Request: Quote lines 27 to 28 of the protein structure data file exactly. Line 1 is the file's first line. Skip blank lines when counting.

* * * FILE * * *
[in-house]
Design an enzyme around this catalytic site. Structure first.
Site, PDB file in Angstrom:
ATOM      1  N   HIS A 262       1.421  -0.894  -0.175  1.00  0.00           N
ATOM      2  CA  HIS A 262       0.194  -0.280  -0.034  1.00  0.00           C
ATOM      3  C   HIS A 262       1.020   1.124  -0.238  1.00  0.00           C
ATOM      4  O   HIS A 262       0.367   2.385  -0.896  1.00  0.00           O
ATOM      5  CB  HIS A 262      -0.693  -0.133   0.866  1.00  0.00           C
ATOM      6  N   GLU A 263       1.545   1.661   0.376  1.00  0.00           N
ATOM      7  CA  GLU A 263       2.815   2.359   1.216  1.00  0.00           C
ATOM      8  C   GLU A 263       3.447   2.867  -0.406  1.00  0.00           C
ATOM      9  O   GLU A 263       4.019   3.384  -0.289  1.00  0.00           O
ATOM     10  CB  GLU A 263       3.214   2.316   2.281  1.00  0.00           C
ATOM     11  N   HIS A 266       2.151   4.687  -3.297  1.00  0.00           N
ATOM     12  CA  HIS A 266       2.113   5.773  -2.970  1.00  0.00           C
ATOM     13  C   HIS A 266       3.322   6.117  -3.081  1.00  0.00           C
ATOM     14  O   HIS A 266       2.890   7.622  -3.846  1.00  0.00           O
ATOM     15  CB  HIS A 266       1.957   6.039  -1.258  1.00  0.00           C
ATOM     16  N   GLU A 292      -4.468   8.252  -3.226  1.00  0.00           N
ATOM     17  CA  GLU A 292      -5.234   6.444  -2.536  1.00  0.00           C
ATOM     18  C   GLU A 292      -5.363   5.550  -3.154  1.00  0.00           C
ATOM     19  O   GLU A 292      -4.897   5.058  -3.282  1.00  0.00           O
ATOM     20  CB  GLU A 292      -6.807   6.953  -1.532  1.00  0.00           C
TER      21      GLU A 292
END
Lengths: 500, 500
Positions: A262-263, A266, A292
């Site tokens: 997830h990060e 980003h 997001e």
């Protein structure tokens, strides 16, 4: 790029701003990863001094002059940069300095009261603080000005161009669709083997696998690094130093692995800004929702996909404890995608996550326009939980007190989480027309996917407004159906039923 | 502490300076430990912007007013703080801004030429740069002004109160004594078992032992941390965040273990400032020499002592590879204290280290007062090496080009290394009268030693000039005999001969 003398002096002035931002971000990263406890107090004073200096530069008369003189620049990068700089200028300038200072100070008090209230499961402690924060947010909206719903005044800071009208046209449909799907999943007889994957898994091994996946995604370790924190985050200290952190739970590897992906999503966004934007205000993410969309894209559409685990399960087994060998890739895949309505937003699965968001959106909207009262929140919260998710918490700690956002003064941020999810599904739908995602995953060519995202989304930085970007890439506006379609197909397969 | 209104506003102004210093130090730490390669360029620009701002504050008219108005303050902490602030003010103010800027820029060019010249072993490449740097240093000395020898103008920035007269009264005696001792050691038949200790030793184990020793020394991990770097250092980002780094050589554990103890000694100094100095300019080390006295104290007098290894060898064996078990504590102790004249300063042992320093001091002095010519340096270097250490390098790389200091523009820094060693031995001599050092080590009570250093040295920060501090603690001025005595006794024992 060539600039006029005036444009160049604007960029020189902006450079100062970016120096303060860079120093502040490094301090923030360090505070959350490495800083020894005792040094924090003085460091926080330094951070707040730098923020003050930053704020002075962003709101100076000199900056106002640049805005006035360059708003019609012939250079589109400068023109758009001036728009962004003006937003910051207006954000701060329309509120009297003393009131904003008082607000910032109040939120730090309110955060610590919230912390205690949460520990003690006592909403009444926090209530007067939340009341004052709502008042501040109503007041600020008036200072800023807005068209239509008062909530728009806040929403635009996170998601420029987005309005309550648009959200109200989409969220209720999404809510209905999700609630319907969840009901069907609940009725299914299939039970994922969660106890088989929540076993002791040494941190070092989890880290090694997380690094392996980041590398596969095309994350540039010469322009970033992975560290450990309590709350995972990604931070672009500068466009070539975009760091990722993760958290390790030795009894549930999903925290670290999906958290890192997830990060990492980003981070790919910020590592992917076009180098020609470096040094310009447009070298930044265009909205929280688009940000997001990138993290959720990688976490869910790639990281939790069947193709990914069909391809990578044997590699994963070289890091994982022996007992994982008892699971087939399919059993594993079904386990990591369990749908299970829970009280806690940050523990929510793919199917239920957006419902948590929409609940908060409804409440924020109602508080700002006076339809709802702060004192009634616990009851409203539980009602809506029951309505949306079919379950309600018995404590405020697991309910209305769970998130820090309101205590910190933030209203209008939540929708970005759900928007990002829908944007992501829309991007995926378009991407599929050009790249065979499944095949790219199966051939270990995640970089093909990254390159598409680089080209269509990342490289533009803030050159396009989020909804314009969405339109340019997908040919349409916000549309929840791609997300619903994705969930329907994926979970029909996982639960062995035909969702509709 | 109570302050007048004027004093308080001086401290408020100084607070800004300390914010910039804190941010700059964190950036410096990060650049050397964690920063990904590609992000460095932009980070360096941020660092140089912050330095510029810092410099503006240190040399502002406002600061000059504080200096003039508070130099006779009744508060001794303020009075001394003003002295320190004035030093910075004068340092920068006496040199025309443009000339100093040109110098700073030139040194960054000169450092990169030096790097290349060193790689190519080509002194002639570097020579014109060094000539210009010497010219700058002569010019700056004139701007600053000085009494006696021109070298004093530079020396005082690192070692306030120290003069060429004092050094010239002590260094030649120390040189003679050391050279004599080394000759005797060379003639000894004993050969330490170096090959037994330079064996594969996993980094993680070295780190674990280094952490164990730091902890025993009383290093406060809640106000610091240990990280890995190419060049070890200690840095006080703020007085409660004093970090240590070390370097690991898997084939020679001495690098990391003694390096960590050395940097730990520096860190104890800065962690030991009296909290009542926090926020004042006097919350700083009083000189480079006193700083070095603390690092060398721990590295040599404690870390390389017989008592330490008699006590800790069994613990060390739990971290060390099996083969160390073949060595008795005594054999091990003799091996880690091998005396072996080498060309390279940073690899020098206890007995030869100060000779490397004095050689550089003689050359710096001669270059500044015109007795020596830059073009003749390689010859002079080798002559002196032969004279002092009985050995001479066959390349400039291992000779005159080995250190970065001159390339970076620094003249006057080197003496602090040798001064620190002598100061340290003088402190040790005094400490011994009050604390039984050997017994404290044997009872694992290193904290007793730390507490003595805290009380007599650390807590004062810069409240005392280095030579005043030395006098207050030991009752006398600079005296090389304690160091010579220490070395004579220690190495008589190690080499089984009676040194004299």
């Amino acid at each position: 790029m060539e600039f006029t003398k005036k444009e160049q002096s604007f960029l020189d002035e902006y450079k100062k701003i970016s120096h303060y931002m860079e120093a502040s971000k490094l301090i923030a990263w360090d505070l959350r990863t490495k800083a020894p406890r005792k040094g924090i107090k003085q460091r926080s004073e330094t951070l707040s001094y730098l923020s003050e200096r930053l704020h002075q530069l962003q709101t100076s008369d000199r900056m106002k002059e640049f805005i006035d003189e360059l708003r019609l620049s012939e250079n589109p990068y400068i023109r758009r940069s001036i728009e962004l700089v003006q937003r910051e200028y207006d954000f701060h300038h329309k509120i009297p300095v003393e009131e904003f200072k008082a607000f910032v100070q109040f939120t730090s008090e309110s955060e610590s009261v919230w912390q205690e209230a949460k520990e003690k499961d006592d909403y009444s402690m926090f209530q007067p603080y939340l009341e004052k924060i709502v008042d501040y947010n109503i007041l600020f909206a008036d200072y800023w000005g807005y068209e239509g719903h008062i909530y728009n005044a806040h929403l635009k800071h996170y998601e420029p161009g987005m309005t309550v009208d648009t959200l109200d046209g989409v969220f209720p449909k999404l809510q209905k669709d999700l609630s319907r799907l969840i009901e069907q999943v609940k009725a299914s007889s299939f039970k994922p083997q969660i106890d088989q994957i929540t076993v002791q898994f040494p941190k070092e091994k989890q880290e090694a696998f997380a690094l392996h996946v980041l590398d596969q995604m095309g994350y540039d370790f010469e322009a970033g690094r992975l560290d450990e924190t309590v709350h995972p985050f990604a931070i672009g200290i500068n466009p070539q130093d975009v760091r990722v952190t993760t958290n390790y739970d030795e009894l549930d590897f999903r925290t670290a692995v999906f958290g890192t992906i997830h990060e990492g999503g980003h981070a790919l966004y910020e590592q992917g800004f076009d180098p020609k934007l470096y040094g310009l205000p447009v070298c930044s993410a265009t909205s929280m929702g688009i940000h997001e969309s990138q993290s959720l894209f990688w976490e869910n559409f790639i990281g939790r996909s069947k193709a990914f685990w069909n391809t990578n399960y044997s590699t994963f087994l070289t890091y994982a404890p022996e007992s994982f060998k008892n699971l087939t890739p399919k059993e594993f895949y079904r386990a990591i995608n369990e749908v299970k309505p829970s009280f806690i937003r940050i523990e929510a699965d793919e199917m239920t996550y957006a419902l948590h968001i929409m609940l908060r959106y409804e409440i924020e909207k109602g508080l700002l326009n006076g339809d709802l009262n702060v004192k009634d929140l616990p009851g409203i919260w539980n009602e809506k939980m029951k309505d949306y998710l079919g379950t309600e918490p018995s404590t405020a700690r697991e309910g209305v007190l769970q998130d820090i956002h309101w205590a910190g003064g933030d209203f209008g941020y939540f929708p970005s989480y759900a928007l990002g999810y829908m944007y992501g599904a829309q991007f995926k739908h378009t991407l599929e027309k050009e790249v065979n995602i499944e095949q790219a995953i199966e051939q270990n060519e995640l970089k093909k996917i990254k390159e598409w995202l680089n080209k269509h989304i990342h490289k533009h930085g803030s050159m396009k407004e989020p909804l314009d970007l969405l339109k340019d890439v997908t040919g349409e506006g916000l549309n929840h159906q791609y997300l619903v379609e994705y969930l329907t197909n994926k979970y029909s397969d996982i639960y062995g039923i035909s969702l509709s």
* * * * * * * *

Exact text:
Positions: A262-263, A266, A292
């Site tokens: 997830h990060e 980003h 997001e």